Title: Barbin, T.
Source text: The Medical and Surgical History of the War of the Rebellion. (1861-65.), Part 3, Volume 2 (Washington, DC: Government Printing Office, 1883), 625.
Civil War Washington ID: med.d2e24124
CASE 919.—Sergeant T. Barbin, Co. C, 81st Pennsylvania, aged 18 years, was wounded in the right foot, at Fredericksburg, December 13, 1862. Assistant Surgeon C. R. Greenleaf, U. S. A., contributed the following report of the injury: "He received the wound from a conoidal ball, which passed directly through the boot and entered the heel, passing through the os calcis in an oblique direction from behind forward and from above slightly downward. Considerable hæmorrhage attended the wound, and after an attempt at walking the man was carried to a house near by, where a bandage was applied. Two days afterwards he was taken to Washington and admitted to Mount Pleasant Hospital, where cold-water dressings were applied. Eight days later he was transferred to Mower Hospital, Philadelphia, where, on examination, the bone was found to be carious, and poultices were ordered. From this date until the time of the operation several pieces of bone were discharged and some small abscesses were opened. As no improvement was observed and the probe could be passed entirely through the bone, showing a considerable loss of substance, it was finally determined to remove the os calcis. On May 16th I proceeded with the operation, being assisted by Drs. J. H. B. McClellan and C. R. McLean (Acting Assistant Surgeons), and the patient being freely under the influence of chloroform. An incision was commenced a little in front of the articulation between the cuboid and calcis and carried around the heel, parallel with the long axis of the calcis, to a point just posterior to the posterior tibial artery; another was made at right angles to this, about two and a half inches in length, through the tendo-achillis. The flaps were then dissected back and disarticulation was effected in the manner recommended by Mr. Erichsen, the operation being completed in thirty minutes and no artery requiring ligation being cut. Monsell's solution was used to control the hæmorrhage from the smaller arterial twigs and veins. The flaps were accurately brought together and retained in position by silver-wire sutures, an opening being left posteriorly for the escape of fluids. Cold-water dressings were used. One-half grain of morphia was given, and some little febrile action during the next two days was controlled by spirits mindereri. On May 18th, Smith's anterior splint was applied to the leg and adhesive strips from the toes to a point near the incision. The incisions on the inner side of the foot healed by first intention and the sutures were withdrawn on May 20th, and a sponge tent was ordered to keep open the posterior point of exit, which had closed by granulations. On May 22d all the sutures were removed and adhesive strips re-applied. Large quantities of grumous pus were being discharged. The patient continued to improve, and on the 24th, the splint was removed, a sling made from a sheet being substituted. After this the patient improved rapidly and left his bed on June 12th, the wound having healed with the exception of a slight track at the junction of the two incisions, from which a little healthy pus was being discharged. By June 17th the patient could bear his weight on the foot, the sinus having closed. The contour of the foot was not materially altered, the sole being a little flatter than its fellow. He was in excellent health and fine spirits, and felt no pain when bearing his weight on the foot, but said that it felt very springy." In addition to the history, Dr. Greenleaf also stated that as soon as the parts had become a little hardened and accustomed to their new position, a shoe filled with hair at the heel was to be furnished to the patient. The subsequent records of the hospital show that the patient was able to wear his shoe by July 10th, and could walk without crutch. Afterwards he was allowed to stay at his home in Philadelphia on furlough, getting stronger every day and his foot being entirely healed. On November 30, 1863, he was discharged from service and pensioned. Examining Surgeon W. Jewell, of Philadelphia, September 14, 1866, certified that "the removal of the os calcis has left the pensioner lame in his gait but not otherwise injured. Other examiners report nothing additionally important. The pensioner was paid September 4, 1880. The excised calcaneum, contributed to the Museum by the operator, and exhibiting general caries, constitutes specimen 1286 of the Surgical Section.¹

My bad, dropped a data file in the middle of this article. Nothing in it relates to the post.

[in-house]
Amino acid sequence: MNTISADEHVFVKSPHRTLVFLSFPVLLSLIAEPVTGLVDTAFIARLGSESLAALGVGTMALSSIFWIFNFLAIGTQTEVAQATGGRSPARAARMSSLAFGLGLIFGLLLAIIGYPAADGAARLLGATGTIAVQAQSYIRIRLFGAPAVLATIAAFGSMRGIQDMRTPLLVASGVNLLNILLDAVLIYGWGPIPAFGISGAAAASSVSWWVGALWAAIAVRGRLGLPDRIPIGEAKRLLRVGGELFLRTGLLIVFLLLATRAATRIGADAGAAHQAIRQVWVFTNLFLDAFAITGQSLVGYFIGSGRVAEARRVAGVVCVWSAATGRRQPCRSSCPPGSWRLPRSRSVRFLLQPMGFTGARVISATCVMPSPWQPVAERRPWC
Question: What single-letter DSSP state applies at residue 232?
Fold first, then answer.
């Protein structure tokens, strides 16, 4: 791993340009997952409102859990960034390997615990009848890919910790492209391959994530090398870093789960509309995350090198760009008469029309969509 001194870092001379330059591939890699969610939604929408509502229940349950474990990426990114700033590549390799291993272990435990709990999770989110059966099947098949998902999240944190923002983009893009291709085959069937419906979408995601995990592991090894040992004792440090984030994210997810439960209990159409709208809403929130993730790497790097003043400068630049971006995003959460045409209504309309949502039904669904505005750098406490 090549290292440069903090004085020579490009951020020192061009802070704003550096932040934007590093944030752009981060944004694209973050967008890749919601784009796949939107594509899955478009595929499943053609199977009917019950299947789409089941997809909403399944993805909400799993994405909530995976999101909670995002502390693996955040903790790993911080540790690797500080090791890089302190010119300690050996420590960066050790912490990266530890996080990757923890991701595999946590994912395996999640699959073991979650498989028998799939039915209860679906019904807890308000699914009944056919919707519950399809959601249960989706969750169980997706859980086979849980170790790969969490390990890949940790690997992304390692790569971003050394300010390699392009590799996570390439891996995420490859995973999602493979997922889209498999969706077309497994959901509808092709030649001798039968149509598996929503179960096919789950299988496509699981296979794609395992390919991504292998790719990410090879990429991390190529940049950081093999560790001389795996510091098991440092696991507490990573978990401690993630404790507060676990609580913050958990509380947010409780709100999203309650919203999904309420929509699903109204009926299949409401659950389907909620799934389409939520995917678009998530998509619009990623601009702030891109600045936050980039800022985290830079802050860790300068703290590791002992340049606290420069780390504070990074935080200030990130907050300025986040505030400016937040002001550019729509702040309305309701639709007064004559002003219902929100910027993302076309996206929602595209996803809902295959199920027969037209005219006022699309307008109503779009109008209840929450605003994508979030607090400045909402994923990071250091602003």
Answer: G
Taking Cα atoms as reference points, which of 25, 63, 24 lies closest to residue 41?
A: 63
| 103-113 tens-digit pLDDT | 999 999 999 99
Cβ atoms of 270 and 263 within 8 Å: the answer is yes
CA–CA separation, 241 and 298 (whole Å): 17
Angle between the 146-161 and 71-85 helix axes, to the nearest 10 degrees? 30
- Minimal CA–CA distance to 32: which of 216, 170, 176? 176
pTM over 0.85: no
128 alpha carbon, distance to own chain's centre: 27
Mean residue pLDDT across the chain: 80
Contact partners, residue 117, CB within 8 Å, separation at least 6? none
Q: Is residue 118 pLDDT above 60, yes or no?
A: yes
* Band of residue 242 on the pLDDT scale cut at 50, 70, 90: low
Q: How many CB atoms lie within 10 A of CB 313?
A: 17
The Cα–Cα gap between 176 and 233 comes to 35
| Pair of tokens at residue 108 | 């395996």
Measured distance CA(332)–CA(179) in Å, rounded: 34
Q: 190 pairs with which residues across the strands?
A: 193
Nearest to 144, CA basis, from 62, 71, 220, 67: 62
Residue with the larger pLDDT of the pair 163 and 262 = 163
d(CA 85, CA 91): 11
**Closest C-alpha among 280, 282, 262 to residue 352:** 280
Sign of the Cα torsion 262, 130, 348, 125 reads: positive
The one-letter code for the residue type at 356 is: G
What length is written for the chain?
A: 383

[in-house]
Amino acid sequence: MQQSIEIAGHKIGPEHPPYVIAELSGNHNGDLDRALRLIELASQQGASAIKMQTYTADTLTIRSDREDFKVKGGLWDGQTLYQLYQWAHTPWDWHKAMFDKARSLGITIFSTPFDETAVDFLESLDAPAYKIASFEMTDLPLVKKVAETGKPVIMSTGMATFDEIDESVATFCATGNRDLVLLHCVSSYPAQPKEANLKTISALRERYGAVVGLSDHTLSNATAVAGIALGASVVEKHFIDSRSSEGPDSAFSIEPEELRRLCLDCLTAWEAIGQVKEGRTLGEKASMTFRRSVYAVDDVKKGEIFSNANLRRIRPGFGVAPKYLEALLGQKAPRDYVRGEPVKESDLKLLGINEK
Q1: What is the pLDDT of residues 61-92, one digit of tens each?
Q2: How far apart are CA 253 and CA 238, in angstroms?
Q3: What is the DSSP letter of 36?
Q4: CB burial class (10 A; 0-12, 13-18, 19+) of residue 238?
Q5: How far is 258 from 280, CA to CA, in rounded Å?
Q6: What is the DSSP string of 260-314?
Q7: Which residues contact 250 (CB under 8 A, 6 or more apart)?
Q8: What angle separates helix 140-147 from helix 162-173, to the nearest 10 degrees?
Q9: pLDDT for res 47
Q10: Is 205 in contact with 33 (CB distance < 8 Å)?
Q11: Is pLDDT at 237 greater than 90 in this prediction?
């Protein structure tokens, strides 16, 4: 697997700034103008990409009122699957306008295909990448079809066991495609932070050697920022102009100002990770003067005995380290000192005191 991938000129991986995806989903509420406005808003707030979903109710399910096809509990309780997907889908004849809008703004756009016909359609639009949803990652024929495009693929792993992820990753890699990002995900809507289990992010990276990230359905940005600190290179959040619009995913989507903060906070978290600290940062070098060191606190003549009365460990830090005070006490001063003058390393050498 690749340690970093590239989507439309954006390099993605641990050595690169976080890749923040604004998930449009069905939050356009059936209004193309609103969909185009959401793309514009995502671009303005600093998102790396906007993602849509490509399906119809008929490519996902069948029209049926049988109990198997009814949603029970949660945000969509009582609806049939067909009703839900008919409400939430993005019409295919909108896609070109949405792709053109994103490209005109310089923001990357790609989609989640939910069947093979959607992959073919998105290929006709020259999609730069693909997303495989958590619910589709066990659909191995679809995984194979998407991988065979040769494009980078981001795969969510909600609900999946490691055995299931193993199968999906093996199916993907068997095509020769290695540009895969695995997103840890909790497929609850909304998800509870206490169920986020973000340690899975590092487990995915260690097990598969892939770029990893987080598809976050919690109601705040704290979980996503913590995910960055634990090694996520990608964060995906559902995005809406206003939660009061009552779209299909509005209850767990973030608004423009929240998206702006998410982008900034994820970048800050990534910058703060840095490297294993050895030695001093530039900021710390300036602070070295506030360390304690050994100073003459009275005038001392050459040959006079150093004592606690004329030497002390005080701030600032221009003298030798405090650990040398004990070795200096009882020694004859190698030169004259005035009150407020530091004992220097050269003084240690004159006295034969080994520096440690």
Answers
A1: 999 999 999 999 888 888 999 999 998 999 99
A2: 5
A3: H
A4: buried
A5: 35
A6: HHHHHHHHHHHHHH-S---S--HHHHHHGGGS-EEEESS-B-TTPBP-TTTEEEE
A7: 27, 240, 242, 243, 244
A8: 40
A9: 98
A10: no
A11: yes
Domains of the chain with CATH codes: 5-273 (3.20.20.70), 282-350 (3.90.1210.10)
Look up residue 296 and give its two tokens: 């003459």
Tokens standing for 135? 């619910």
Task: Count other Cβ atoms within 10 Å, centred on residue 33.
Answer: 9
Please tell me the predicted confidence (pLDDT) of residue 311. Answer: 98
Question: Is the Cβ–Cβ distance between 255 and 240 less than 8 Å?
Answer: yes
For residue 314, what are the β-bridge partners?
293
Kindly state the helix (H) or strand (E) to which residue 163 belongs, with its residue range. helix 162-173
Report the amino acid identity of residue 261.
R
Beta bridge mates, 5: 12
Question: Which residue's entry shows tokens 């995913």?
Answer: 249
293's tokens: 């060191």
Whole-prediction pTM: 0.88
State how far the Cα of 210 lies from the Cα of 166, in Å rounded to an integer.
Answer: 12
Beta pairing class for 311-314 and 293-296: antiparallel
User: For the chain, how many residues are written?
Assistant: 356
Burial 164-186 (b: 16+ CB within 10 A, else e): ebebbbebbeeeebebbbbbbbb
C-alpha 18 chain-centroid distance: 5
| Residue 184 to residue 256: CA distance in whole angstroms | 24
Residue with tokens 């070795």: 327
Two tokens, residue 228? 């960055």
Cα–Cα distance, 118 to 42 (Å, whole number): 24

¹ A detailed account of this case by Surgeon C. R. GREENLEAF, U. S. A., will be found on page 389 of Vol. XLVI of the American Journal of the Medical Sciences, Philadelphia, 1863.